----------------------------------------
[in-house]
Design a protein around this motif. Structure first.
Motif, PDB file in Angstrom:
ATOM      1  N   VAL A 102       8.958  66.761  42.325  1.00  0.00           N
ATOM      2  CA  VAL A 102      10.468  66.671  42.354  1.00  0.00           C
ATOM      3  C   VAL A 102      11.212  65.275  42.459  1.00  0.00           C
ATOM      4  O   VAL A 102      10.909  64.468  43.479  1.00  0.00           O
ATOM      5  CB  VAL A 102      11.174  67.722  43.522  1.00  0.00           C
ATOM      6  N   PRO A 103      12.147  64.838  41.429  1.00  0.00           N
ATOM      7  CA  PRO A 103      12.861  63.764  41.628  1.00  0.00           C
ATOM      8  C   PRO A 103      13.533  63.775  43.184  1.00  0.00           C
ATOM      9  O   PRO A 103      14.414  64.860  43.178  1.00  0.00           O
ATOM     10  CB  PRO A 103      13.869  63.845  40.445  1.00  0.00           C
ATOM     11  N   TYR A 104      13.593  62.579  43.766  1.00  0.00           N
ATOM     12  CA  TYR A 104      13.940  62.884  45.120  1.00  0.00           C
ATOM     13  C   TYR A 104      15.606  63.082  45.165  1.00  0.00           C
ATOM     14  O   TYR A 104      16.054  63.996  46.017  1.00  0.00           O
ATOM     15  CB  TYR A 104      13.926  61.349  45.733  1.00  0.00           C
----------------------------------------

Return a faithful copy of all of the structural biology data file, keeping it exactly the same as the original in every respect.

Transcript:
[in-house]
Design a protein around this motif. Structure first.
Motif, PDB file in Angstrom:
ATOM      1  N   VAL A 102       8.958  66.761  42.325  1.00  0.00           N
ATOM      2  CA  VAL A 102      10.468  66.671  42.354  1.00  0.00           C
ATOM      3  C   VAL A 102      11.212  65.275  42.459  1.00  0.00           C
ATOM      4  O   VAL A 102      10.909  64.468  43.479  1.00  0.00           O
ATOM      5  CB  VAL A 102      11.174  67.722  43.522  1.00  0.00           C
ATOM      6  N   PRO A 103      12.147  64.838  41.429  1.00  0.00           N
ATOM      7  CA  PRO A 103      12.861  63.764  41.628  1.00  0.00           C
ATOM      8  C   PRO A 103      13.533  63.775  43.184  1.00  0.00           C
ATOM      9  O   PRO A 103      14.414  64.860  43.178  1.00  0.00           O
ATOM     10  CB  PRO A 103      13.869  63.845  40.445  1.00  0.00           C
ATOM     11  N   TYR A 104      13.593  62.579  43.766  1.00  0.00           N
ATOM     12  CA  TYR A 104      13.940  62.884  45.120  1.00  0.00           C
ATOM     13  C   TYR A 104      15.606  63.082  45.165  1.00  0.00           C
ATOM     14  O   TYR A 104      16.054  63.996  46.017  1.00  0.00           O
ATOM     15  CB  TYR A 104      13.926  61.349  45.733  1.00  0.00           C